The theological doctrines of creation and the Incarnation of Jesus give rise to our foundational ethical principle of the dignity and worth of the human person. The book of Genesis states that every person is created in the image and likeness of God. Thus, it is because God created us that we have dignity and worth, and that every person’s life must be respected. What is more, the Incarnation of Jesus gives the human race an even greater dignity than before, for God himself took upon our human nature, redeemed it, and graced it with his very being. For these reasons, respect for human life in all of its stages – especially when innocent human life is threatened by abortion, embryonic stem cell research, euthanasia, genocide, and terrorism – must be recognized for authentic development to take place.

The very fact that the human person has a transcendent nature means that development must not be merely material; it must also be intellectual, spiritual, psychological. In short, it must be holistic and integral. Development, then, becomes a form of evangelization because it leads the whole person to God, who alone can save, restore, and lead the human person to full actualization. That is why persons have a right to food, water, a clean environment, and the like.

Therefore, Catholic social teaching embraces the whole range of issues from the life issues, poverty, immigration, criminal justice, care for the environment, work and workers’ rights, and all other aspects of the human person that are affected by the political and economic forces of life. All of these issues are intimately connected, and as Catholics we must care for all of these issues without exception. As the Holy Father stated, “Development needs Christians with their arms raised towards God in prayer, Christians moved by the knowledge that truth-filled love, caritas in veritate, from which authentic development proceeds, is not produced by us, but given to us. For this reason, even in the most difficult and complex times, besides recognizing what is happening, we must above all else turn to God's love. Development requires attention to the spiritual life, a serious consideration of the experiences of trust in God, spiritual fellowship in Christ, reliance upon God's providence and mercy, love and forgiveness, self-denial, acceptance of others, justice and peace” (#79, emphasis in original).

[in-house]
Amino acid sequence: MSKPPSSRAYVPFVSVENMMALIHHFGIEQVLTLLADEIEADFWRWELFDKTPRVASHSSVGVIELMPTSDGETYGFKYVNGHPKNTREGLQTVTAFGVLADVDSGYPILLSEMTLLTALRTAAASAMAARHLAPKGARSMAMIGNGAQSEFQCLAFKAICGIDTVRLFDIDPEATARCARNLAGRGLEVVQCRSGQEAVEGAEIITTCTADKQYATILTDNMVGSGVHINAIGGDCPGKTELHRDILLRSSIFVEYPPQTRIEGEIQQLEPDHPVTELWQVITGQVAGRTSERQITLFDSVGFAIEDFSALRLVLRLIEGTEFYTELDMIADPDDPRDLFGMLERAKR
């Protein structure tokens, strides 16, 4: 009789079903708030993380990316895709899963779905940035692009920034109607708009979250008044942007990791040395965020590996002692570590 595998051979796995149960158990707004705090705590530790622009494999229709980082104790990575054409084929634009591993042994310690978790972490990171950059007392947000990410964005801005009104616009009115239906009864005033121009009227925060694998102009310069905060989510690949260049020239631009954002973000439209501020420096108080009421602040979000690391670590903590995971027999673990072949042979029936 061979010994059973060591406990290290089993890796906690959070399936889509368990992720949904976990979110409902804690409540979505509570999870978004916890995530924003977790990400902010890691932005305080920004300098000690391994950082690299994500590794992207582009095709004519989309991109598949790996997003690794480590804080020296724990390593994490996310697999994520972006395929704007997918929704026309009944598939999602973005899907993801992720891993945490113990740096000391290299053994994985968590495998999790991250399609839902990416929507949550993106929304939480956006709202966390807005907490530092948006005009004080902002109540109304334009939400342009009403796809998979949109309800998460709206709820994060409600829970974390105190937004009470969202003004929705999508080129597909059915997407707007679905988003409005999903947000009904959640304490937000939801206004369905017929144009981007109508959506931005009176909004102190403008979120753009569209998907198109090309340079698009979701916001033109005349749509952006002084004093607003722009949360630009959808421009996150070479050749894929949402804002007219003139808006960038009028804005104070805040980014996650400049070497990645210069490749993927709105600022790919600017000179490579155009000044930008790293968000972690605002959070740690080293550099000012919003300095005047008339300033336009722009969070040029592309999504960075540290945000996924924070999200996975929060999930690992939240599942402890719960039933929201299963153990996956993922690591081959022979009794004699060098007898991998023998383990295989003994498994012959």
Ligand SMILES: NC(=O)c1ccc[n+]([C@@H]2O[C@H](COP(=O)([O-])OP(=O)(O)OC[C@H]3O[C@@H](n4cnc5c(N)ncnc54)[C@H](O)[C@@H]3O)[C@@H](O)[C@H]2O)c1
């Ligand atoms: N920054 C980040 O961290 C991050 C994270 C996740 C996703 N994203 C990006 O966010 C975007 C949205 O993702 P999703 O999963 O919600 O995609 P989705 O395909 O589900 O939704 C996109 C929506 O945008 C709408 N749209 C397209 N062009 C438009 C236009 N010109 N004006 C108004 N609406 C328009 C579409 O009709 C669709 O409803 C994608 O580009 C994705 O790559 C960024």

This work is ultimately a spiritual one, and we need God’s help when we work in all these areas. Only people with deep lives of prayer and sacramental participation can transform our society. Let us, then, commit ourselves to prayer and sacramental participation that will dilate our capacity to love our neighbor as Jesus loves us. Finally, may we turn to Mary as our Holy Father suggests: : “’Let love be genuine; hate what is evil, hold fast to what is good; love one another with brotherly affection; outdo one another in showing honour’ (Rom 12:9-10). May the Virgin Mary — proclaimed Mater Ecclesiae by Paul VI and honoured by Christians as Speculum Iustitiae and Regina Pacis — protect us and obtain for us, through her heavenly intercession, the strength, hope and joy necessary to continue to dedicate ourselves with generosity to the task of bringing about the ‘development of the whole man and of all men’ ” (#79, emphasis in original).